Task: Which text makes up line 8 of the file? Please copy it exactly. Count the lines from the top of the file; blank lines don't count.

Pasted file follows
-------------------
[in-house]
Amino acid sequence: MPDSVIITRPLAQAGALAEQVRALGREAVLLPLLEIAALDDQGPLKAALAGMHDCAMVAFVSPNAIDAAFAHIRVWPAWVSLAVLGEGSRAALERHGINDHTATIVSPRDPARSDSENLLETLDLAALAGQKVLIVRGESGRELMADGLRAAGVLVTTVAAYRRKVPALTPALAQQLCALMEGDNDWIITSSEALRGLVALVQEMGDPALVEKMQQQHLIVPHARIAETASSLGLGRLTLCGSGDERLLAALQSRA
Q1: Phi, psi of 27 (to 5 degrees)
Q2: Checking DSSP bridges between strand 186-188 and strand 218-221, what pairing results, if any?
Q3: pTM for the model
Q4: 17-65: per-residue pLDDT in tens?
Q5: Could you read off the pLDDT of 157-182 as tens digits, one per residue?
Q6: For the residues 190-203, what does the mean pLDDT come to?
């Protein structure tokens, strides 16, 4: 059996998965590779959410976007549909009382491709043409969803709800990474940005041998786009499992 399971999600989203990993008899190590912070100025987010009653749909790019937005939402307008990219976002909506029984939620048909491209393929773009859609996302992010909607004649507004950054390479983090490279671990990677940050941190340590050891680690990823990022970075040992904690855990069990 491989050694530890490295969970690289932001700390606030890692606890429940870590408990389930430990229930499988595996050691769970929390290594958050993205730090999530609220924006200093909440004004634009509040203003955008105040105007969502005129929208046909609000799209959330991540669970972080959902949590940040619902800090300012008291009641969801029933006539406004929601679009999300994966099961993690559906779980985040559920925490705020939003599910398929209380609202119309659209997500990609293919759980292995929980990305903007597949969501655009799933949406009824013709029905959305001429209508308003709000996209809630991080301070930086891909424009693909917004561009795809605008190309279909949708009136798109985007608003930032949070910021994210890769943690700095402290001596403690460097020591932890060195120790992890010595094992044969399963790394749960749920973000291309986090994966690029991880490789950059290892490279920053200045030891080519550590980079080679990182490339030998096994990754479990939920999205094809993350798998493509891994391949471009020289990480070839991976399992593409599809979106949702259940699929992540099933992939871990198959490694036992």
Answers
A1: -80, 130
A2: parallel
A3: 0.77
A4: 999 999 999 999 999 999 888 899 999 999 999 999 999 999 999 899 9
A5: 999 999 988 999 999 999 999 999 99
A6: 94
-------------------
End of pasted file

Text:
Q6: For the residues 190-203, what does the mean pLDDT come to?